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The Ten Richest Charities in the World

World Money
The Ten Richest Charities in the World

Ever since Dr. Faustus sold his soul to the devil for power, glory and the almighty buck, there has been a culturally entrenched anxiety around wealth. Money makes rich people feel guilty, and less rich people feel righteously indignant. The background music to a glamorous foreground is the relentless, niggling awareness of poverty and need somewhere else. This unsavoury reality is something only the most selfless of us are able to confront head on. Many of us, though, throw guilt-induced money at the soldiers of socialism and hope equality will happen while we get on with our daily lives. Of course, whatever the motivations for the financial support of charitable work, the result is the same. And so the money-throwers are as crucial a part in the quest against deprivation and hardship as the front line warriors.

But the business of charitable giving is a little less clear cut than one might imagine. Giving away money requires administration, manpower, and evaluation of requirement. And all that needs to be paid for. Non-Profit Organisations are entitled to generate ‘profit’, but that profit has to be directed towards sustaining the organisation, and the furtherance of its charitable goals. You may see where problems arise. The vagaries of what exactly it costs to do these two things mean that charities regularly come under the microscope, the salaries of CEOs scrutinised and the distribution of surplus funds minutely audited.

While it might seem a little cynical, then, to evaluate charities based on income, it is in fact an essential task. Understanding where charitable funds lie sleeping make it possible for us to keep a wary eye on where exactly the dollars wake up. So here they are, the ten richest charities in the world today.

10. The Church Commissioners for England: $8.1 billion

Church-of-England

This body was established in 1948 to look after the historical property assets of the Church of England. Now, the C of E might not advertise its need with the visual aid of a tired donkey and a hunger ravished young child but, apparently, it is in dire need of the guardianship of a charitable organisation. Not just a charity, but an exempt charity. This means that the Church of England Commissioners are not required to submit to regular external supervision. This sort of arrangement is not uncommon in England and is usually practiced in relation to universities or other organisations deemed to have, internally, a sufficient auditing procedure to ensure compliance with national law. Certainly, the Church Commissioners have been thoroughly transparent in their handling of funds, specifying that the majority of profit pays clergy pensions.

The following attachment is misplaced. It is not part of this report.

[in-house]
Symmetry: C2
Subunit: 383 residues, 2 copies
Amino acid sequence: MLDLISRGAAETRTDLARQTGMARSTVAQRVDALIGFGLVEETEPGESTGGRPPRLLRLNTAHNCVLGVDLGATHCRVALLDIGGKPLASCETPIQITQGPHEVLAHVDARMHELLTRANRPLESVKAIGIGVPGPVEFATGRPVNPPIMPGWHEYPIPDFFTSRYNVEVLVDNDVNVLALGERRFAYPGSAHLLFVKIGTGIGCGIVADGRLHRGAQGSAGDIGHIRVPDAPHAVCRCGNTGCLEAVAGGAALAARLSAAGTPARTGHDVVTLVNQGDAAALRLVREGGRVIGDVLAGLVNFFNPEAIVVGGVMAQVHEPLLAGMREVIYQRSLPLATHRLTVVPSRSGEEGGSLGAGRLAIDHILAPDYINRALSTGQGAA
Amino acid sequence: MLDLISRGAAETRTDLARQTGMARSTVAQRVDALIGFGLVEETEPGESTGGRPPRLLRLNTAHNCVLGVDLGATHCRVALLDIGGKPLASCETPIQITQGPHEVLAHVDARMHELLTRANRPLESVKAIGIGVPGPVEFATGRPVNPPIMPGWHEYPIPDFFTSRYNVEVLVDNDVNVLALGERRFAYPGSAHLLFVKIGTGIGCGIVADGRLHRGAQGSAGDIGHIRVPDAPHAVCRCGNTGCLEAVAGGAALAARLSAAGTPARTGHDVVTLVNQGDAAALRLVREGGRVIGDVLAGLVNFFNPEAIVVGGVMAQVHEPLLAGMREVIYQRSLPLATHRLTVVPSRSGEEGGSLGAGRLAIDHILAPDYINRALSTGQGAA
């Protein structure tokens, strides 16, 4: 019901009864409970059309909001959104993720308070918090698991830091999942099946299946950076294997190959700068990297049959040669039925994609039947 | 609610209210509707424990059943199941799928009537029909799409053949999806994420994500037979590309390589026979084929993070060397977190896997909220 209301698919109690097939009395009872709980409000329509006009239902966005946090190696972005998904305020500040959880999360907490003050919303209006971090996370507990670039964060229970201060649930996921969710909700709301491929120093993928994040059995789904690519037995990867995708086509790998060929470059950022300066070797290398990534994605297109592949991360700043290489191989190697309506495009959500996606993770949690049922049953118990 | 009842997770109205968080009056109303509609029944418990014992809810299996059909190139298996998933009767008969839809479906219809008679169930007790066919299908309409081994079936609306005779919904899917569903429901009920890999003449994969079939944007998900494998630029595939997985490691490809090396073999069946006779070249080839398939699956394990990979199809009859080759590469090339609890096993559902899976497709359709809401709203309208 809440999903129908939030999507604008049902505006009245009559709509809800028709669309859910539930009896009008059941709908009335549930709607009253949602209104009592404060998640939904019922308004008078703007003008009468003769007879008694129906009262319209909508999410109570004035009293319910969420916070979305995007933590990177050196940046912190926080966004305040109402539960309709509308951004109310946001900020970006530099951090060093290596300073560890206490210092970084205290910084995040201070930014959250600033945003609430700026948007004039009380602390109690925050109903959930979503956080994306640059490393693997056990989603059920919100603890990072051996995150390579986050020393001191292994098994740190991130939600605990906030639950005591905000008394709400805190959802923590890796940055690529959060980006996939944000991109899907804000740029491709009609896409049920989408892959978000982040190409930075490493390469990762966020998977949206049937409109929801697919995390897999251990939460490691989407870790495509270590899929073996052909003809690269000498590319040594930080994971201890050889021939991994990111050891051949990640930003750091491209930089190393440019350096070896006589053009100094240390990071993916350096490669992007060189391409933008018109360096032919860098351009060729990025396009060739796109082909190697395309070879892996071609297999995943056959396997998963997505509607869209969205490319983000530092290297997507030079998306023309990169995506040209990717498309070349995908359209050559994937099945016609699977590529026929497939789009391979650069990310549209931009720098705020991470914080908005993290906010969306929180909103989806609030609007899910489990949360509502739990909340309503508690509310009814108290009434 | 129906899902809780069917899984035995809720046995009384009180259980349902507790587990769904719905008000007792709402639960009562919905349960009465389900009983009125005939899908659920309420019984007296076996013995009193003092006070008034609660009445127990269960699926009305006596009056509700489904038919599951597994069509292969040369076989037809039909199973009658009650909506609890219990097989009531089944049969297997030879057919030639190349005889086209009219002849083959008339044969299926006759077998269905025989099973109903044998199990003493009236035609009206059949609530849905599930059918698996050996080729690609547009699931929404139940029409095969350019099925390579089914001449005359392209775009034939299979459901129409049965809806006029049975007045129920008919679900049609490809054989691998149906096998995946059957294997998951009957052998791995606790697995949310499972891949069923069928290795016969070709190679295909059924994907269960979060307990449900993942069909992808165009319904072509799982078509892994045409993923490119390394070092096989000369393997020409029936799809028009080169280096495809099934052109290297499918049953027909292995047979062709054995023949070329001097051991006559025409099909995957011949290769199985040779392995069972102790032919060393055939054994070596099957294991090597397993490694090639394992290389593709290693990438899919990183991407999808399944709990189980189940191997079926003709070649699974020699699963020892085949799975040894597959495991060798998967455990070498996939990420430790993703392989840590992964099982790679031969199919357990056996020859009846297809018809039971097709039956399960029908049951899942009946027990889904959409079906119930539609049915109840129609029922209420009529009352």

9. Li Ka Shing Foundation: $8.3 billion

Li Ka-shing

This charitable organisation is based in Hong Kong and is the lovingly nurtured project of businessman Li Ka Shing. Ka Shing emerged from a troubled childhood and the early loss of his father. He used his later success to establish this organisation which endows funds to philanthropic projects globally. The organisation has made donations in excess of $1.8 billion, or almost a quarter of its net worth – 90% of which has gone to educational projects.

8. Robert Wood Johnson Foundation: $9.2 billion

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Robert Wood Johnson established this foundation as a dying act, bequeathing 10,204,377 shares of stock from his company, Johnson & Johnson. The organisation espouses largely domestic goals, with a focus on North America, and is concerned with bettering the health and health care of citizens. The organisation, on average, grants $400 million a year to charitable projects. The current flagship campaign for the company is to reverse the epidemic of childhood obesity in the USA by 2015. The charity has come under some criticism for its conservative position on alcohol distribution and use, but has undertaken indisputably bold and successful ventures in smoking cessation and accessibility to affordance health insurance.

7. Mohammed bin Rashid Al Maktoum Foundation: $10 billion

World Economic Forum Summit on the Global Agenda 2008